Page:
As far as I know, having had access to the ships drawings, these 2 ships were actually built in Poland. Built for whoever wanted to buy them. So they were bought by the Russians who made “some alterations” to the design. Primarily, the no.2 hatch was increased in length to enable at least 2 ICBMs to be stowed. The weapons specialists on “my” ship worked this one out because of the rather odd stowage arrangements that wouldn’t be usual in a general cargo carrier.
Then you say that the accommodation was “poor”. Quite the contrary.
One of my first questions was to ask about fire fighting arrangements. Always a priority when  heading into what was then a war zone.
I was shown around the ship. All compartments and cabins had solid steel bulkheads (none of your plastic covered chip-board here). Every compartment had a sprinkler system fitted.
So the answer to my question  about “what happens if there’s a fire?” was a simple “shut the door and let the sprinkler do its job”. I couldn’t help but agree.
The furnishings were “adequate” ..not Spartan, but not luxurious either.
What did strike me was the sheer solidity of the ship as a whole. She may well have been built for Arctic conditions but that was a bonus point in the South Atlantic in 1982.
There were many things to quibble about, but by and large she did what she was designed to do.If you have the time or inclination to do so, may I direct you to “Nautical, but true” on this forum. A more complete story of this period is chronicled there. Cheers BY.
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Jerry C

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Re: the life of a modern sailor
« Reply #17 on: April 10, 2013, 10:13:58 PM »

I was working by both vessels(living at home nearby) I was expecting to go south in Laertes as second mate. I worked closely with the DTi surveyor bringing the ships "up?" To British standards of safety/equipment. I remember they were kitted out with 2 rather crude but well equipped Russian radars. Because they had green screens they were "not up to spec" and we had to replace them. We thought they were far superior to anything we had seen up to then and we argued strongly to keep them. We arrived at a compromise. They let us keep one but the other was replaced with a Decca radar fitted with the useless matchstick plotting aid. The lifeboats were fitted with six cylinder Diesel engines with electrics and battery charging. The surveyor wanted to see them started by hand. The Russian engineers started them with the aid of an ether capsule cold starting device. This was not acceptable and they had to start them without the ether. There was a big conflab in Russian then the lady interpreter said if we put three guys on each starting handle we still would not start them. The surveyor ordered them to be replaced with 18 horse Listers. They were covered in lifeboats and he ordered the doors removed. I remember the cabin furniture was a bit papier mâché. My wardrobe door came off in me 'and gov!  A lot of the kit was superior to British stuff. I didn't actually get to go south because I was a reservist and the day before departure a man from the MOD told me I couldn't go as war had not been declared and the law pertaining to RNR didn't permit our use in a "conflict". A week later I received a letter from John Nott to say the rules had been changed and I was free to go. At the time I was livid but with the passage of time maybe it was for the best. During 24 years in the Reserves the closest I got to active service was night time skirmishes with salmon poachers in Scotland while on fishery protection and, Grenada Patrol.
Jerry.

Captbearuk

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Re: the life of a modern sailor
« Reply #18 on: April 10, 2013, 10:36:44 PM »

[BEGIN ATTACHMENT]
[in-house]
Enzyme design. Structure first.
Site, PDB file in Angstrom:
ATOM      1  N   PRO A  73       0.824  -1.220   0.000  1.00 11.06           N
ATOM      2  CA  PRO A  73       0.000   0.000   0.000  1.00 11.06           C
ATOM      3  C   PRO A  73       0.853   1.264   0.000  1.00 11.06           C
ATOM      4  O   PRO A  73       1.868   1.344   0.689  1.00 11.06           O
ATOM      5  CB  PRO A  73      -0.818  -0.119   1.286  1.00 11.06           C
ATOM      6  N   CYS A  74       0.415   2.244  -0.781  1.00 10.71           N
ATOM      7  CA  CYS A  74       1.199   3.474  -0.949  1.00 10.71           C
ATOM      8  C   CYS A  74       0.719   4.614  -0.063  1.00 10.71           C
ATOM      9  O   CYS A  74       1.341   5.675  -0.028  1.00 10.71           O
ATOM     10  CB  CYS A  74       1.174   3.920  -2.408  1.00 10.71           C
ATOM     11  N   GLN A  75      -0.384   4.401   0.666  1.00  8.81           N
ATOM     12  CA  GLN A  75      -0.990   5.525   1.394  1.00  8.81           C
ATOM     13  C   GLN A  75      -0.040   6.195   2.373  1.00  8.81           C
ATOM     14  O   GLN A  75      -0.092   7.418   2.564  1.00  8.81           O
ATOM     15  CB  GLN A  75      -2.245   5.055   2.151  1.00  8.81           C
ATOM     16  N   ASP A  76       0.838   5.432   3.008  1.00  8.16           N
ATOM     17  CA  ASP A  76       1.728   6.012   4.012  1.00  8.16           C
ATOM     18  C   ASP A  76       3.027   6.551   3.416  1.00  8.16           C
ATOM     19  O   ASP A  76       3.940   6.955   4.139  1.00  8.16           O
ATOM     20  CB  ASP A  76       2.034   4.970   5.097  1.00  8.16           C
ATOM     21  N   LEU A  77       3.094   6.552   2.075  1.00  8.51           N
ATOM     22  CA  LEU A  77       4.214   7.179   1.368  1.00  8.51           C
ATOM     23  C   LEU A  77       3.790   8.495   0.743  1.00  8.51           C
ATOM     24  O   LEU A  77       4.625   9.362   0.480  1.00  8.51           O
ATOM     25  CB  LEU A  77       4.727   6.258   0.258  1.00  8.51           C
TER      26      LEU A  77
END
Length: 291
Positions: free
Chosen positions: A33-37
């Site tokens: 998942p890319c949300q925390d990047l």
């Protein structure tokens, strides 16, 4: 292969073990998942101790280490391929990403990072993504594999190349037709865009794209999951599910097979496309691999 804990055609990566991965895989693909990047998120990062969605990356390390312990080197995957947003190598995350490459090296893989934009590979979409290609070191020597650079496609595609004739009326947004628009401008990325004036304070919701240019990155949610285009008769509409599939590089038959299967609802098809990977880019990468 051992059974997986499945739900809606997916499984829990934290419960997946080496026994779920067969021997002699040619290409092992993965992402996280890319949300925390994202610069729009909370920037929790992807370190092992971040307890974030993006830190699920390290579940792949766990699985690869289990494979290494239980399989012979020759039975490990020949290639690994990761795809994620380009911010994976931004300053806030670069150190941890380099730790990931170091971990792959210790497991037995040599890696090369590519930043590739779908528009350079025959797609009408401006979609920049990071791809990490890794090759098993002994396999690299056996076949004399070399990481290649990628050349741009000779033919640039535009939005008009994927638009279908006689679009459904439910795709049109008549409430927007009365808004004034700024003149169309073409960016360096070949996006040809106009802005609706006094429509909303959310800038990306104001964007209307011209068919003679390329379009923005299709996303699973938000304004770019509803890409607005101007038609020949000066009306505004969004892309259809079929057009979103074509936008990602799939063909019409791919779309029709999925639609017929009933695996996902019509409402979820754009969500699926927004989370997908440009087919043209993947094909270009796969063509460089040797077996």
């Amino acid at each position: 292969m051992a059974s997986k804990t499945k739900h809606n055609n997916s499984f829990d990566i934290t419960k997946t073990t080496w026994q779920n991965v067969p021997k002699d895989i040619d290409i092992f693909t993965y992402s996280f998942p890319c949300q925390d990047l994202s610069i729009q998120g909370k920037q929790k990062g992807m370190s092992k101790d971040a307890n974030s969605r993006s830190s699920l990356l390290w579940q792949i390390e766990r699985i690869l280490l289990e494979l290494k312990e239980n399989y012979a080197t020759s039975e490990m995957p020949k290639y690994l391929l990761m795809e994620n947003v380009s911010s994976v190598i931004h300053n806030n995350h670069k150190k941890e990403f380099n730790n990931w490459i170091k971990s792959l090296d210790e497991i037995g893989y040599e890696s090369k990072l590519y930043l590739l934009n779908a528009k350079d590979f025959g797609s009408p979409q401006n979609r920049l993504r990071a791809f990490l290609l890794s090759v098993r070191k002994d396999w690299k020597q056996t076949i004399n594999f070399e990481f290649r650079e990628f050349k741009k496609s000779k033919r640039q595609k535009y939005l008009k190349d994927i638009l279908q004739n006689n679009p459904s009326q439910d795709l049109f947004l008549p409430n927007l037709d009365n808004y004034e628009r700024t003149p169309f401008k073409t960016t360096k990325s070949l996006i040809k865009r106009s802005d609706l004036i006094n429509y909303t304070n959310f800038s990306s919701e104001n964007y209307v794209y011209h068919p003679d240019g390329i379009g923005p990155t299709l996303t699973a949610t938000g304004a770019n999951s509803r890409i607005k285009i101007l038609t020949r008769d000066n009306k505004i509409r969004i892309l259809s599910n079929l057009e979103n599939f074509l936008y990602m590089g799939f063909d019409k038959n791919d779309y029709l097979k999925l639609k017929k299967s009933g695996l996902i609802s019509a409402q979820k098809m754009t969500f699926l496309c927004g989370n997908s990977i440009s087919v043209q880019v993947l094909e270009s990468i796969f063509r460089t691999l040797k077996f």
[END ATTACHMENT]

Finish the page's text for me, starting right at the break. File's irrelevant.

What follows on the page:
Ah, the radar; I'd almost forgotten  :-) . I'm 6ft 1 and the radar was so tall we had to look around it to look forward. It also had a ridiculously high setting for a navigation radar range selector, something like 128 miles. But we did manage to pick up the top of Mount Tiede when approaching the Canaries. So it worked.
As for the lifeboats, I do remember the ether capsule and instructions in Russian (or Polish?) but I also remember some Heath Robinson contraption with several personnel having to operate levers and / or pedals all connected to a drive shaft. The people 'powering' the lifeboat were positioned on lower thwarts like galley slaves. Maybe that was another quality vessel.  {:-{  So many ships, I think I'm getting that old timers disease.
Glyn
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Jerry C

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Re: the life of a modern sailor
« Reply #19 on: April 10, 2013, 10:39:08 PM »

My recollection is they had come from Odessa but maybe mistaken.
Jerry.

Bryan Young

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Re: the life of a modern sailor
« Reply #20 on: April 12, 2013, 03:51:01 PM »

Jerry. An interesting tale! You'd probably have been more fun to sail with than the po-faced 2nd Mate I had to put up with.
You don't mention the "private" radio room in the (then) Second Engineers cabin...or didn't you find that one?
As far as the building of her was concerned then we could be both correct.
I don't know who designed this class of ship...maybe it was a Russian design, but our then Prime Minister (J.Callaghan) used UK money to finance the building of (quantity unknown) them in Poland for sale on the International market. Perhaps the Russians bought some "off the stocks" and finished them off to their specs. I don't imagine that any of them had names as such at that time. Much of the equipment was Russian in origin.....mainly copies of products from other European countries. But with enough differences to make "genuine" parts unusable. The main engine (and other E/Rm stuff) and the heavy lift capability come to mind.
Check out my story about her....and the photo of a Chinook trying to land 2 nets full of cluster bombs on to a hatch top....almost a disaster!. BY.
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Jerry C

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Re: the life of a modern sailor
« Reply #21 on: April 12, 2013, 04:01:38 PM »

My experiences of soviet ships and equipment since those days is that on the whole they are atrocious but get the job done. Russian engineers on the other hand are superb, being extremely well educated, very hard working and reliable. When all falls in a heap I wouldn't want anybody else. Their skills at keeping their own rubbish working stands them in good stead when dealing with the Chinese rubbish we get now. That said, on no account let them take you to the mish for a little drink keptain!!!!! Totally fatal!!!
Jerry.